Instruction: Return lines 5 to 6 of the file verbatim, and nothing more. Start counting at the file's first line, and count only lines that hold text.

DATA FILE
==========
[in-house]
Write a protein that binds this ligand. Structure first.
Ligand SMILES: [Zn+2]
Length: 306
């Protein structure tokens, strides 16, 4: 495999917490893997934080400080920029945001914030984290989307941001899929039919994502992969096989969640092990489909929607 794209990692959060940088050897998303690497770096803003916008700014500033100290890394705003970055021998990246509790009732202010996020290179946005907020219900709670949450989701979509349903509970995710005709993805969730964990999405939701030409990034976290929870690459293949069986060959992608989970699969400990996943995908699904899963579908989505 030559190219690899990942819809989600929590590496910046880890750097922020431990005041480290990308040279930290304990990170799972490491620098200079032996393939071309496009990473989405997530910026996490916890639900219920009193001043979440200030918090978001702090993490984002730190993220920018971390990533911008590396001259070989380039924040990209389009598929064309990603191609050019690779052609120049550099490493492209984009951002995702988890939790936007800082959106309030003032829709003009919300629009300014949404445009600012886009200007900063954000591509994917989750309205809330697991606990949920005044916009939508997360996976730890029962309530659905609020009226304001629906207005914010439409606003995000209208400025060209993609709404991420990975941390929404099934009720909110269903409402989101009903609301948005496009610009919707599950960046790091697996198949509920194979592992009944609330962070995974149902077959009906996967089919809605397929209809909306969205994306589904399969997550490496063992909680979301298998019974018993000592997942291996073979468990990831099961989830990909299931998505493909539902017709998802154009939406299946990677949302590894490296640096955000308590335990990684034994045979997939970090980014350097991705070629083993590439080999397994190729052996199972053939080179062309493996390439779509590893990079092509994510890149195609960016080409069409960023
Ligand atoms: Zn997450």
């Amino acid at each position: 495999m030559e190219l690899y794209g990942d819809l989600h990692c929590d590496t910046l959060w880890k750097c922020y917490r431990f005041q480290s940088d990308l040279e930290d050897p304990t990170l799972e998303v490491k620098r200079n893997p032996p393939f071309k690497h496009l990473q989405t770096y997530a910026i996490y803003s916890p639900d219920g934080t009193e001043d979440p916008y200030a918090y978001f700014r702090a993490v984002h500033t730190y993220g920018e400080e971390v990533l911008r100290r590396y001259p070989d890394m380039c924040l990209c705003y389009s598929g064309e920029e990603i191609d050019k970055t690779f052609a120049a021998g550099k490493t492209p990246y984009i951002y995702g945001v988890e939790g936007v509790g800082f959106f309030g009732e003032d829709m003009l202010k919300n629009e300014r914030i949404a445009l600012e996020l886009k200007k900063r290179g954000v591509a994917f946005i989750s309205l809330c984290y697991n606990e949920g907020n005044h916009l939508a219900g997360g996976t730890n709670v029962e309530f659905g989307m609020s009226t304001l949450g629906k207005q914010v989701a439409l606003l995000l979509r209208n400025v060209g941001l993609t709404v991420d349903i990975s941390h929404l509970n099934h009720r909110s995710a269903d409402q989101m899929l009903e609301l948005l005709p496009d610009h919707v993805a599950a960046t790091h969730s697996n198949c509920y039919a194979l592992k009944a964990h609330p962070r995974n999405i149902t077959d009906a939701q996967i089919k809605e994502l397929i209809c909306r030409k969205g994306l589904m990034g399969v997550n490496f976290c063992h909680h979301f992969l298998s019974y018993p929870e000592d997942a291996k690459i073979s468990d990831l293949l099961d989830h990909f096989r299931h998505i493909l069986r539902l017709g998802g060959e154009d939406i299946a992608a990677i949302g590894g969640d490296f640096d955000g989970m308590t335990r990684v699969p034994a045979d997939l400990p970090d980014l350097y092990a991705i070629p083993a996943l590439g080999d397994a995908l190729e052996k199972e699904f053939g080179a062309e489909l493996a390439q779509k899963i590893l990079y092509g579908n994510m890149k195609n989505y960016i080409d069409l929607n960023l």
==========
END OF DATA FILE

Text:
């Protein structure tokens, strides 16, 4: 495999917490893997934080400080920029945001914030984290989307941001899929039919994502992969096989969640092990489909929607 794209990692959060940088050897998303690497770096803003916008700014500033100290890394705003970055021998990246509790009732202010996020290179946005907020219900709670949450989701979509349903509970995710005709993805969730964990999405939701030409990034976290929870690459293949069986060959992608989970699969400990996943995908699904899963579908989505 030559190219690899990942819809989600929590590496910046880890750097922020431990005041480290990308040279930290304990990170799972490491620098200079032996393939071309496009990473989405997530910026996490916890639900219920009193001043979440200030918090978001702090993490984002730190993220920018971390990533911008590396001259070989380039924040990209389009598929064309990603191609050019690779052609120049550099490493492209984009951002995702988890939790936007800082959106309030003032829709003009919300629009300014949404445009600012886009200007900063954000591509994917989750309205809330697991606990949920005044916009939508997360996976730890029962309530659905609020009226304001629906207005914010439409606003995000209208400025060209993609709404991420990975941390929404099934009720909110269903409402989101009903609301948005496009610009919707599950960046790091697996198949509920194979592992009944609330962070995974149902077959009906996967089919809605397929209809909306969205994306589904399969997550490496063992909680979301298998019974018993000592997942291996073979468990990831099961989830990909299931998505493909539902017709998802154009939406299946990677949302590894490296640096955000308590335990990684034994045979997939970090980014350097991705070629083993590439080999397994190729052996199972053939080179062309493996390439779509590893990079092509994510890149195609960016080409069409960023
Ligand atoms: Zn997450």